Konica Minolta DiMAGE A2 Review
Identical to the DiMAGE A1 the A2 provides a wide range of image parameter adjustment which was a trademark of the DiMAGE 7 line of digital cameras. The DiMAGE A2 provides adjustment for Color Mode, Filter, Color saturation, Contrast and Sharpness. Thankfully Konica Minolta recognize that it's not enough simply to provide image parameters there must be a decent amount of adjustment latitude, and thankfully there is in the range of -5 to +5.
- Color mode: Vivid sRGB, Natural sRGB, Adobe RGB (and Embedded), B&W, Solarized
- Filter: -5 (cooler; blue) to +5 (warmer; red)
- Color saturation: -5 (less) to +5 (more)
- Contrast: -5 (less) to +5 (more)
- Sharpness: Hard, Normal, Soft
Note that in addition to the adjustments listed above you can also fine tune each of the white balance presets individually from -3 (cooler; blue) to +3 (warmer; red).
The filter setting allows you to apply a digital 'filter' (a bit like color correction lens filters) to the entire image. A negative filter tends towards a blue (cool) appearance, a positive filter tends towards a red (warm) appearance. In black and white color mode the filter setting can be used to provide a different 'tone' to the image (sepia look etc.). Samples below show the negative to positive extremes of this setting.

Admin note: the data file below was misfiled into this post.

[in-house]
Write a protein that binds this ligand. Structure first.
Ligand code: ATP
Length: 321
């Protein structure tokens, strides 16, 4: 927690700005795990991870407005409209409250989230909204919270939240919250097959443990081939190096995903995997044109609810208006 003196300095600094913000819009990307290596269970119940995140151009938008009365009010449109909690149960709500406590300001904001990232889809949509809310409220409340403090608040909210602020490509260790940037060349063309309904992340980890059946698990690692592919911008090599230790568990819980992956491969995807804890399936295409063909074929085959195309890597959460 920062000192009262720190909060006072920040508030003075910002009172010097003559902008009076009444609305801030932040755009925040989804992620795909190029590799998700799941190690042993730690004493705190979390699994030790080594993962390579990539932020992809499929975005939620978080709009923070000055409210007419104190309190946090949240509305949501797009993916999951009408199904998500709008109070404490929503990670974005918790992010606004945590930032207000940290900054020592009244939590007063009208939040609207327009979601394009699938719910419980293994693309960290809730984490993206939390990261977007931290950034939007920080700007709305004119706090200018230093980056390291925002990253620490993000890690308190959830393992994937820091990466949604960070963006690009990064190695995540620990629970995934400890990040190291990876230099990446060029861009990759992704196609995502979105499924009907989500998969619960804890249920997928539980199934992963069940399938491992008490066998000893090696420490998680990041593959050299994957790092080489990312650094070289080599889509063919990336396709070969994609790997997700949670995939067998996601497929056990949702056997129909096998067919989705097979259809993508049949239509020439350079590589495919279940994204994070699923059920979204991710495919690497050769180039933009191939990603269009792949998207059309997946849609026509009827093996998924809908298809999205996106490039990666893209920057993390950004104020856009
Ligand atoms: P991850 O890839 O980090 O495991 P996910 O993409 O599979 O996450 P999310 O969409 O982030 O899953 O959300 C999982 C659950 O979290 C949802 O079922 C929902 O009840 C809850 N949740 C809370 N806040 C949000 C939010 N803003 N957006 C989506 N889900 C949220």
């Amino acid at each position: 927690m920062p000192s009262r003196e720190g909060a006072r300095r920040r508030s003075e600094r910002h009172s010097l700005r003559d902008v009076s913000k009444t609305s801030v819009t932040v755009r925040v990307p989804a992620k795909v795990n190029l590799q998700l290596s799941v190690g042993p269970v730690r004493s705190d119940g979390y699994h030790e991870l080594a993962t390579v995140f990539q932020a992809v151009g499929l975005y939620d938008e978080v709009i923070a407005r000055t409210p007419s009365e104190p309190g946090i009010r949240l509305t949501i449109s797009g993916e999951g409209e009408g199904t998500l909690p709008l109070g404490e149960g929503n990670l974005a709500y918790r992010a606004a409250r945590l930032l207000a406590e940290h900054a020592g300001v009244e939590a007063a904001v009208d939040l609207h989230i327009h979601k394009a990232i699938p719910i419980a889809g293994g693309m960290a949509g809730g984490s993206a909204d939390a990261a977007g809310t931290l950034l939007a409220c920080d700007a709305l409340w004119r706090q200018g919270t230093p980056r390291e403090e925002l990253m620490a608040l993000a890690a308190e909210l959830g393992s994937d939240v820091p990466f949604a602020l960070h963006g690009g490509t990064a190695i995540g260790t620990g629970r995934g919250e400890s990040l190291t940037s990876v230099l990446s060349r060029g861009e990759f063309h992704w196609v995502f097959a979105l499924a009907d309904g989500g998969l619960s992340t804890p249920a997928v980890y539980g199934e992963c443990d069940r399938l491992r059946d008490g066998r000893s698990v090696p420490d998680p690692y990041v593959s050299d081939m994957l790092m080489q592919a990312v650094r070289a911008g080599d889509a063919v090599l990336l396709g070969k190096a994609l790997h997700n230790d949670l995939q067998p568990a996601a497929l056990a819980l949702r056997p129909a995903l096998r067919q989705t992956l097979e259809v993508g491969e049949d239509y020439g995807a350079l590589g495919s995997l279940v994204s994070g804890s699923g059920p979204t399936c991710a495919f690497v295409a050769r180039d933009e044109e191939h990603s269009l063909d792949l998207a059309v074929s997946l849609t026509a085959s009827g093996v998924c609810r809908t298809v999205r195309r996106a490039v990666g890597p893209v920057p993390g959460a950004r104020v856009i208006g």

Saturation adjustment allows you to control the strength of color in the final image. As you can see the DiMAGE A2 provides a wide range of color saturation options from a very de-saturated image (useful for photographing bright flowers in direct sunlight) to very saturated as well as nine other levels between these extremes.
Adjusting the tone alters the shape of the 'S curve' used to map the linear image data captured by the sensor into the correct gamma. A lower contrast setting maintains more of the original data's dynamic range but leads to a flatter looking image. A higher contrast setting stretches the grayscale (dark to light) of the image and could lead to clipping of both shadow detail and highlights.
The DiMAGE A2 allows you to control the internal sharpening of the image by a degree of one plus and minus it's "normal" sharpness. It's a pity there weren't more levels of adjustment for this parameter.
|Sharpness: Soft||Sharpness: Normal|
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from An A to Z of Subjects- Week 21, U
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